Next steps were unclear. All sides had agreed that the deal would extend government funding through Dec. 11. House Democrats had hoped to file the legislation Friday, but it appeared that Monday would be the earliest that could happen.
One question to be resolved Monday is how long a continuing resolution would last. GovernmentExecutive.com says Democrats want the continuing resolution to last until February, which they hope would allow a newly elected Joe Biden to focus on a few other things before confronting the budget. Republicans want any continuing resolution to end Dec. 11. In addition to skirmishes over providing emergency money for the postal service, another contentious matter that could be included in a continuing resolution is whether to give the Census Bureau more time to complete the 2020 Census, but the pandemic has caused a lot of hiccups.
Confusing pandemic messaging is causing stress and depression
A new University of California Irvine study of 6,500 people says Americans are increasingly stressed out and the often-conflicting information you pass along is a contributing factor. A release that accompanied the study summarized:
The research highlights the connection between mental health and exposure to media coverage of the COVID-19 pandemic, suggesting the need to step away from the television, computer or smartphone to protect psychological well-being.
The research found that younger people reported higher stress and COVID-related depression than older adults, even though the older population is more vulnerable to the virus.
Your readers/viewers/listeners are going to become overwhelmed with everything that you are reporting. The weeks ahead will test your resolve to focus on a buffet of issues from replacing Justice Ruth Bader Ginsburg to the election to the pandemic that, in any other time, would be singularly overwhelming.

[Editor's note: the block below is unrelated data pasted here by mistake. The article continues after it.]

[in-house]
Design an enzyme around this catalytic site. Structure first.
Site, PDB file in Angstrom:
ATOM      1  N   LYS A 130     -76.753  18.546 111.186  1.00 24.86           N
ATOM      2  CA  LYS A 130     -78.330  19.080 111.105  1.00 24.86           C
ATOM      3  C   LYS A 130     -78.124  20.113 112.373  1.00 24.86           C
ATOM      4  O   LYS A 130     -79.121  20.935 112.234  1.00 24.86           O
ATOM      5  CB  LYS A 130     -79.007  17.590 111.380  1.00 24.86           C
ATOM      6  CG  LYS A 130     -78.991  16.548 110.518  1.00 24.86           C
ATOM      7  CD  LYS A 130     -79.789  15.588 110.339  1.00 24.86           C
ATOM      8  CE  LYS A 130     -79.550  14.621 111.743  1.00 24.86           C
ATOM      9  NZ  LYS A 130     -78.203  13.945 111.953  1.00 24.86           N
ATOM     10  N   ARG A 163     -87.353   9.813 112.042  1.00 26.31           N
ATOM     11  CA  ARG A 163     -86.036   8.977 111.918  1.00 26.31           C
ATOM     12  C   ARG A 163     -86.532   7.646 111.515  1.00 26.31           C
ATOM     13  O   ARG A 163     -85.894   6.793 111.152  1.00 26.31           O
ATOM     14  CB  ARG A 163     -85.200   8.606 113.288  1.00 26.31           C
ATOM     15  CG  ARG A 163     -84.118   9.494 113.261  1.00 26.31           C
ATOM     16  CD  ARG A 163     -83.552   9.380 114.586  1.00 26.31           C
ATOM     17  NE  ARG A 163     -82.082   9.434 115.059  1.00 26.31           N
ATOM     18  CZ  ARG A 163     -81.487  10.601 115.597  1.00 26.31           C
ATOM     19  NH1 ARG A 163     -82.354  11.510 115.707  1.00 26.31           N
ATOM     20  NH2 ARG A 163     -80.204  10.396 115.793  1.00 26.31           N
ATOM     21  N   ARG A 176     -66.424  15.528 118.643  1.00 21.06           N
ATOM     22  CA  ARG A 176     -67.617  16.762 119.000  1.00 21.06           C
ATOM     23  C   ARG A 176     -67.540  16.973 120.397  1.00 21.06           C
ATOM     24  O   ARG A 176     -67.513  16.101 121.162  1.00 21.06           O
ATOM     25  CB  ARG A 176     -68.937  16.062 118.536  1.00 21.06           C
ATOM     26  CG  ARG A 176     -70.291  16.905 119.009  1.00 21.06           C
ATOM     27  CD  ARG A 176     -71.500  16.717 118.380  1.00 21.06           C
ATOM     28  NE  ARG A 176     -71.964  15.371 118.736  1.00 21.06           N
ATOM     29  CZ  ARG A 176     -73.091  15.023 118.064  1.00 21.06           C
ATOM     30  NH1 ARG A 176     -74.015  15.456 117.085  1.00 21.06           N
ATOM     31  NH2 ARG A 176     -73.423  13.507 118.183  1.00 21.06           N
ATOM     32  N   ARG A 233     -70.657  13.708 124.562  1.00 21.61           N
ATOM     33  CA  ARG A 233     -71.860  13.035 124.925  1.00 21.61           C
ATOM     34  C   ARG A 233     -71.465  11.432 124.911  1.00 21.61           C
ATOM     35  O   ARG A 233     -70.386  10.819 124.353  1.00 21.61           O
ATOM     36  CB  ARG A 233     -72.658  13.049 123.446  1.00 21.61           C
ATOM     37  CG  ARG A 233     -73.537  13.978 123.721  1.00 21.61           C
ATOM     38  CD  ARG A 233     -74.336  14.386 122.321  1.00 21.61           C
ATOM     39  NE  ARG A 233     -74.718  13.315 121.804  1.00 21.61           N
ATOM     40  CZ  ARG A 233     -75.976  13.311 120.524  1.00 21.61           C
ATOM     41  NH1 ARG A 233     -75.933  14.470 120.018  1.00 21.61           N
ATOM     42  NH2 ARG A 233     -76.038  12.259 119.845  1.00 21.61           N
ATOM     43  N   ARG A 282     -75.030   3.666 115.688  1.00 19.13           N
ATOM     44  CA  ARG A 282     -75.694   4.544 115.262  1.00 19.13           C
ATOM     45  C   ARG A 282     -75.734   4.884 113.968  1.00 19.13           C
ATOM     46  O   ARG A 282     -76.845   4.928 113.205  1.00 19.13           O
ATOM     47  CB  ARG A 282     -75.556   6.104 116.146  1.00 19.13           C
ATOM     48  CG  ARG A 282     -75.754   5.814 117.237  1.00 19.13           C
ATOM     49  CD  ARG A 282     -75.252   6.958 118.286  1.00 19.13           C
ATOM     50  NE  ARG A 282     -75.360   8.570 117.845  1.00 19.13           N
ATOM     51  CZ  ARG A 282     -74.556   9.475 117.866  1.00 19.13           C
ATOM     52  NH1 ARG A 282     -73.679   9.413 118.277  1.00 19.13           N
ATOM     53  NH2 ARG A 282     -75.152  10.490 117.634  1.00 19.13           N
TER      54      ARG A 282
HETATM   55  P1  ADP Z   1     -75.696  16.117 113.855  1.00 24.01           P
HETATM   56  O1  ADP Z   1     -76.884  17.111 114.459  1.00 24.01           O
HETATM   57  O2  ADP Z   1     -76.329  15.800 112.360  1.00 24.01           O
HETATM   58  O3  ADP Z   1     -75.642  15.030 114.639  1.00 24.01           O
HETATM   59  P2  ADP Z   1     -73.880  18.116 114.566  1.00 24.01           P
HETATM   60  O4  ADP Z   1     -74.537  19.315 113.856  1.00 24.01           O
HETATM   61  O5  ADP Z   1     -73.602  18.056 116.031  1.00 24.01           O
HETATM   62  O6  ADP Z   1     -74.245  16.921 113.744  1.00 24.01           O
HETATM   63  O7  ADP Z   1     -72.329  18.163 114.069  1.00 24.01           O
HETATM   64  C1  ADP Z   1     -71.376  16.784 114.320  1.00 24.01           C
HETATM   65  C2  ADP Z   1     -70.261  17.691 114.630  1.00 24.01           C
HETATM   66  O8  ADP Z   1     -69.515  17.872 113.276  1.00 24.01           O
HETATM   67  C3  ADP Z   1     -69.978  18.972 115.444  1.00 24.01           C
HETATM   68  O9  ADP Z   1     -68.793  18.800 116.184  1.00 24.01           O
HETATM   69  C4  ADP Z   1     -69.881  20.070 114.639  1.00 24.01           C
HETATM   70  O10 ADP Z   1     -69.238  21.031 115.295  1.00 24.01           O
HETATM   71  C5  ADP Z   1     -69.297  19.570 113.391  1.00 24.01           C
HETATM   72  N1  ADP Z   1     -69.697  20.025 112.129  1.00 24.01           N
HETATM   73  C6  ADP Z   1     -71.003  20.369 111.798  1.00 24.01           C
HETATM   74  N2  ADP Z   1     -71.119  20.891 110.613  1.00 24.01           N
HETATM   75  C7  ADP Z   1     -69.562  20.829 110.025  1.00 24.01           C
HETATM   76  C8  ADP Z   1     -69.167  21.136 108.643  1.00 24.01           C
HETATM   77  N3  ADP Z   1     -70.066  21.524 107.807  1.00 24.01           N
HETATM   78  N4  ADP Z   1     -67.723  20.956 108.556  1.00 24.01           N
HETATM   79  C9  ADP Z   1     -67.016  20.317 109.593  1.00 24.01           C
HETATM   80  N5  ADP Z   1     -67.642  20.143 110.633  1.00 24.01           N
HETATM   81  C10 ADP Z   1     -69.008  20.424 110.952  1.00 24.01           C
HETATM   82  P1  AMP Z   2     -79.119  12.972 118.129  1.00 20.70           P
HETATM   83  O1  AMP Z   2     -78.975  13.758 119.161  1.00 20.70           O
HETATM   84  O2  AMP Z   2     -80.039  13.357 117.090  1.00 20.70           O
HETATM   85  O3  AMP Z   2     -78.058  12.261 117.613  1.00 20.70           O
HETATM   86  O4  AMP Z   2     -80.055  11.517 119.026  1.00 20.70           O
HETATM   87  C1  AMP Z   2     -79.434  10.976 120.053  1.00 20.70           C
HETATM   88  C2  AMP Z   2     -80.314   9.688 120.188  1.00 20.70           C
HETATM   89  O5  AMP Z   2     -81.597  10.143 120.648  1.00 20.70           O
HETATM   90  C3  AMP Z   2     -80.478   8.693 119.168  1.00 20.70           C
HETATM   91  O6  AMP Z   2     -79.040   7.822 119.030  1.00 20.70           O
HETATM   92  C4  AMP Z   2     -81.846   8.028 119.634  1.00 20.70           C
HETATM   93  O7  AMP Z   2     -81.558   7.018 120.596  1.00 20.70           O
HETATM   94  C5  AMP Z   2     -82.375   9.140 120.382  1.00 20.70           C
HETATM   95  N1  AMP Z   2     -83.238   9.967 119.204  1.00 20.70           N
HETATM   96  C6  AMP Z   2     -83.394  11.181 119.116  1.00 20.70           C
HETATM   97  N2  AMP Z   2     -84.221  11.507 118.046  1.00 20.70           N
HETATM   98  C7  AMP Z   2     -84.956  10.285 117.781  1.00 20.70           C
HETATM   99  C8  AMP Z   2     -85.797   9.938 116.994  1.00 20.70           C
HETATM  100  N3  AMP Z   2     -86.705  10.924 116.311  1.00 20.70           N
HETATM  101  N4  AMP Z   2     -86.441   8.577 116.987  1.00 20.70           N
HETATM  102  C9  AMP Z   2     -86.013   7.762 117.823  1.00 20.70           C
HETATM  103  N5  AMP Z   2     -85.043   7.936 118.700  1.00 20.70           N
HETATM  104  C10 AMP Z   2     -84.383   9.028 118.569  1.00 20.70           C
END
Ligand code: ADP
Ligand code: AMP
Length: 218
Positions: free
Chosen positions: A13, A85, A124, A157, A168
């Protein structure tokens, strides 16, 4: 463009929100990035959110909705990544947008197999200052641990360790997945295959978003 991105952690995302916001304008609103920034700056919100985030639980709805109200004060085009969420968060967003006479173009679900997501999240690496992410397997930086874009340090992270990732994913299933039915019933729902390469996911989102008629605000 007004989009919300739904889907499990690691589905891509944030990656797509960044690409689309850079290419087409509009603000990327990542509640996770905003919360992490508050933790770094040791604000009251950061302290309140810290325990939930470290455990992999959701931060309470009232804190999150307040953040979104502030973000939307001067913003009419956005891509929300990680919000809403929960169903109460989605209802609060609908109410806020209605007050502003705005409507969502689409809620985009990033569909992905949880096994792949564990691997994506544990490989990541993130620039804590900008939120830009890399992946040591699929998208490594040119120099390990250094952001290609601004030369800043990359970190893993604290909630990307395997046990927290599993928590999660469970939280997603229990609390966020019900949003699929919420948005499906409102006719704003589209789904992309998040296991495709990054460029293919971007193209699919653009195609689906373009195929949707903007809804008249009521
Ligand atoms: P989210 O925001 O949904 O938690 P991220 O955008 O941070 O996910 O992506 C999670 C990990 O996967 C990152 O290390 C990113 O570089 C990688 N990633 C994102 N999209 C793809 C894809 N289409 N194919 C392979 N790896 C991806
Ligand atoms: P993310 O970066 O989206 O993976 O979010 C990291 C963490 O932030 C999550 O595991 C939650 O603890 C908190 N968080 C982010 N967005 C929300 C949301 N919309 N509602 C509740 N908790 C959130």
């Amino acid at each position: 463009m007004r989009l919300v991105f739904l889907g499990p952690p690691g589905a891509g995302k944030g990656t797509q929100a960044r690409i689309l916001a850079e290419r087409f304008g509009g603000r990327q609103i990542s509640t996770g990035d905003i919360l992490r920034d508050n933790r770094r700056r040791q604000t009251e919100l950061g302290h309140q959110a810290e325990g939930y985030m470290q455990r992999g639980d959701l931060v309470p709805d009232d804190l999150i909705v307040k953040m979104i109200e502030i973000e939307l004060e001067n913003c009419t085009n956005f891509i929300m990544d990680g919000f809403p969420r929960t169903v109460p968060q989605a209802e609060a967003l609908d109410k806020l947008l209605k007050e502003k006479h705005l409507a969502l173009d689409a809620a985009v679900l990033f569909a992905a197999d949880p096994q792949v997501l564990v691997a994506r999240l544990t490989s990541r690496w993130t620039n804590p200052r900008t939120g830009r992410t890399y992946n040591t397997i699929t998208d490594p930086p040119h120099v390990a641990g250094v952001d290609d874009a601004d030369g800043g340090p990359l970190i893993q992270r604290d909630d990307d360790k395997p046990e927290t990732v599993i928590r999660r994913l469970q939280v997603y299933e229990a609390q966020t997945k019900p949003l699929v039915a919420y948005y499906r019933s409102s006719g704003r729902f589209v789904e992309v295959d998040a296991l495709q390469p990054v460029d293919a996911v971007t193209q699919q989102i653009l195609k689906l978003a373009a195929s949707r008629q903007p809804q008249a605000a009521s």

Identity theft prevents thousands from getting unemployment benefits
The Detroit Free Press details how when people who have lost their jobs file for unemployment, they often find they have been the victim of identity theft — and until they can get things cleaned up, they will be both jobless and unable to get unemployment benefits.
The story was written by the FREEP’s Tresa Baldas, who is herself an ID theft victim. She wrote that she found out she had been victimized when the state told her somebody had already filed for unemployment using her name:
Turns out, I am among more than 110,000 Michiganders who has reported fraud or identity theft to the state unemployment agency since March, when COVID-19 shut down our state and upended our lives.
I was trying to file for unemployment over the phone in May, only to learn that someone had fraudulently used my name and social security number in 2017 in an effort to collect unemployment benefits.
That bogus claim, I found out this week, was never paid out. But I was never notified by the state that someone tried to use my personal information three years ago to collect unemployment — a scam that froze my ability to file a legitimate claim when the pandemic hit and I was furloughed.
At least that’s what I was told over the phone. I had to file an identity theft report and await a pending investigation, which appears to have fallen into the bureaucratic abyss.
The story says the FBI saw a spike in fraudulent unemployment claims when the government offered supplemental federal unemployment payments. In Michigan alone, the state says it is weeding through 110,000 reports of identity theft or fraudulent unemployment claims — and each one has to be investigated. Half of the people in Michigan who are still awaiting unemployment checks while bills mount are awaiting ID verification, the very issue that arises in ID theft.
And Baldas’ story will give you a feel for the hours waiting on hold that victims spend as they try to get — not to mention all the online forms, emails and other necessary paperwork that has to be filed. And remember, this is a reporter who knows how to navigate governmental systems.